Is Sketch3 the New Go-To Design Tool?
October 7, 2014
As a veteran Adobe Creative Suite user with over 12 years in the weeds, I was pretty thrilled to test out a new software called Sketch. Developed in The Netherlands by Bohemian Coding, Sketch promises to be faster, more nimble and more powerful than the industry stalwart. Here’s what I found…
Sketch autosaves but it’s driven by a system preference. If you want to turn it off, you have to disable it system wide. Photoshop also has an autosave, but you can adjust the settings to stipulate how often it saves. (This is a nice feature and something I‘ve seen in Sketch.)
Sketch has a plugin and app available for purchase called Mirror. It allows designers to test straight from desktop to mobile – as long as it’s an Apple device. Photoshop can also be viewed on mobile devices, not just Apple products, through a workflow involving Adobe Edge. Adobe has said, however, that they are looking at streamlining this.
Sketch has a feature called symbols, which allows designers to instance, duplicate and reuse objects (called symbols). The best part? If you edit a symbol, Sketch edits every instance, keeping your design consistent. Photoshop and most Adobe programs have this; it’s called smart objects. I prefer smart objects because it’s an outside file that you can easily drop into multiple projects and edit all instances, over all projects, by editing one file.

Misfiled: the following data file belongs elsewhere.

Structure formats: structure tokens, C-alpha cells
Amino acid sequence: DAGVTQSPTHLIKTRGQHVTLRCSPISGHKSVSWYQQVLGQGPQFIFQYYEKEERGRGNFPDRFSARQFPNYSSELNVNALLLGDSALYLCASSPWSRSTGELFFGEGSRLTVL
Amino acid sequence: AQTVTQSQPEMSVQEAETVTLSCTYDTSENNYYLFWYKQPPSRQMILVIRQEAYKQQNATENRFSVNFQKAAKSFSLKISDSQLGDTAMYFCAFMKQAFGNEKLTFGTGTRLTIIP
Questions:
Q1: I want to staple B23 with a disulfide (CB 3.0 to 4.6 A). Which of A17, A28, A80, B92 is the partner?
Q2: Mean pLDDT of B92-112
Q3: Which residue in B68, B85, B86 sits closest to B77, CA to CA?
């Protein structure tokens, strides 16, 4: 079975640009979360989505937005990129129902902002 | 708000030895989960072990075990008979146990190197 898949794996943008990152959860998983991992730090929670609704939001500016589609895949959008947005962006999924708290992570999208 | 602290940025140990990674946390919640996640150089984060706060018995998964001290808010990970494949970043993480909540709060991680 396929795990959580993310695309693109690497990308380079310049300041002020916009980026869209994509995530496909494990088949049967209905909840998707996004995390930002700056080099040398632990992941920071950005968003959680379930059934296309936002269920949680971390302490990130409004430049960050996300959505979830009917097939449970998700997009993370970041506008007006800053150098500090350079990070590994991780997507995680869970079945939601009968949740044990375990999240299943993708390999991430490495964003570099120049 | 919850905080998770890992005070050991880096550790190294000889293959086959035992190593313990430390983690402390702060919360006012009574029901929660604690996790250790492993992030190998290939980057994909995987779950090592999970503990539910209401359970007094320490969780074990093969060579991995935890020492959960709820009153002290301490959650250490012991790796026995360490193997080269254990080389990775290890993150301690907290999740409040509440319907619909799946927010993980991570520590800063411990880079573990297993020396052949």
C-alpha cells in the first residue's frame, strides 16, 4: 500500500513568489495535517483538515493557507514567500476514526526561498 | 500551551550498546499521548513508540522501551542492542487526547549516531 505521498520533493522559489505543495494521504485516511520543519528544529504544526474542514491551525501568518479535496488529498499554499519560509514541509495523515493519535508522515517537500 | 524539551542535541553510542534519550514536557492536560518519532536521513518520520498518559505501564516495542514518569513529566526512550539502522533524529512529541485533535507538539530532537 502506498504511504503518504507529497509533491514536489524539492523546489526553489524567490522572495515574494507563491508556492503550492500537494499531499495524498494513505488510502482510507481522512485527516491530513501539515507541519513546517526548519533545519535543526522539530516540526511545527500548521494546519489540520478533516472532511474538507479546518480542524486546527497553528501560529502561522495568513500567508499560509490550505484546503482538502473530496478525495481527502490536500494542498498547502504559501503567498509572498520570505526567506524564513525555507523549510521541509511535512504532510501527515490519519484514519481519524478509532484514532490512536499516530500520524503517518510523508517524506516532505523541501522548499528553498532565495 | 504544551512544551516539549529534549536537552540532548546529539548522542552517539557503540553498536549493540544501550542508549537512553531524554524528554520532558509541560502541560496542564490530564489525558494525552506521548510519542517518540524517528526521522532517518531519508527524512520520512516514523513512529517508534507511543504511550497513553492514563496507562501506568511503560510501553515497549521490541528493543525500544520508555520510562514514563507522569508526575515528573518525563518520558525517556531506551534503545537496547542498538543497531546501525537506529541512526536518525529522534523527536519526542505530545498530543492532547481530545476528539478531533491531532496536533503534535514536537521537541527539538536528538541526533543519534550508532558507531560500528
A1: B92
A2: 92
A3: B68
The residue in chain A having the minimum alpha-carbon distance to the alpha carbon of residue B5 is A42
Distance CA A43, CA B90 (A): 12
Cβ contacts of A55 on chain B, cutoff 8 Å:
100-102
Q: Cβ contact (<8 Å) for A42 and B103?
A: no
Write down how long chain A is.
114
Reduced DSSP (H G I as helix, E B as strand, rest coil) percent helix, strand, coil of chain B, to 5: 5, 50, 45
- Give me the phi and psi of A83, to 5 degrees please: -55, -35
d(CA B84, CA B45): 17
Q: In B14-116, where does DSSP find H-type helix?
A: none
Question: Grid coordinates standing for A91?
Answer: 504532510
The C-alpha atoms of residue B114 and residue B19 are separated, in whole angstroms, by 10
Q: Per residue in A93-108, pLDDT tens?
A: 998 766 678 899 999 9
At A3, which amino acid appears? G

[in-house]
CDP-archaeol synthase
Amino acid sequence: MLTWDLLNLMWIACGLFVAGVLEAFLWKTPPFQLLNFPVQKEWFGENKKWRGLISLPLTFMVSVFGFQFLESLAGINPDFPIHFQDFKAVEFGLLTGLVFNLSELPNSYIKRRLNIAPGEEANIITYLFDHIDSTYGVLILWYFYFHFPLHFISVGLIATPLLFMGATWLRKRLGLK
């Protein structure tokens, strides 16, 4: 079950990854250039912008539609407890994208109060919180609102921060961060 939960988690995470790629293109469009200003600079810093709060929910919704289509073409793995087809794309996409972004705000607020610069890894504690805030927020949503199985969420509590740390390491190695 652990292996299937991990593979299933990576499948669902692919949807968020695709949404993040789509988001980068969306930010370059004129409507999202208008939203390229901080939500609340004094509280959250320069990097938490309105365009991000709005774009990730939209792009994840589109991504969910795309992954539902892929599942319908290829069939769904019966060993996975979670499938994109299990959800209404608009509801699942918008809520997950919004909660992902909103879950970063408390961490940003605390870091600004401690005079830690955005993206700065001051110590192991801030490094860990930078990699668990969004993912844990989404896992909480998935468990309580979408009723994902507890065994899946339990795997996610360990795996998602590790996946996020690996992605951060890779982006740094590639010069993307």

Sketch is a vector-based program that reads raster images. Photoshop is a raster program that can create both raster graphics and vector shapes. It produces a very similar outcome, but Photoshop has a leg up in terms of versatility.
Seeing this feature in Sketch made me wonder why Adobe doesn’t do this in Photoshop. After a little digging, it seems that it is available, though it’s very hidden. It’s called Character Styles. Kudos to Sketch for making this so accessible and for helping me uncover a Photoshop feature.
My mind was blown by how helpful exporting css from an object is. Again, I didn’t know that Photoshop has this capability, but it does. Like type styles, even though both programs achieve almost the same goal, Sketch does it better, it’s also easier to execute.
Sketch does a lot of things really well and is incredibly user friendly. In fact, the design is very reminiscent of Keynote. Its straightforward interface makes this a great tool if you need to bang out a design quickly. It perfectly contains everything many UI/UX designers need and offers it at an extremely competitive price. That said, it just doesn’t offer everything Photoshop does. Though intimidating and expensive, Photoshop offers a richer platform for complex projects.
Over all, Photoshop is the better tool. The huge user base, endless hours of tutorials, and the shear depth of this software is staggering, but if UI/UX design is all you need to do and you need to do it quickly, Sketch is a reasonable choice.
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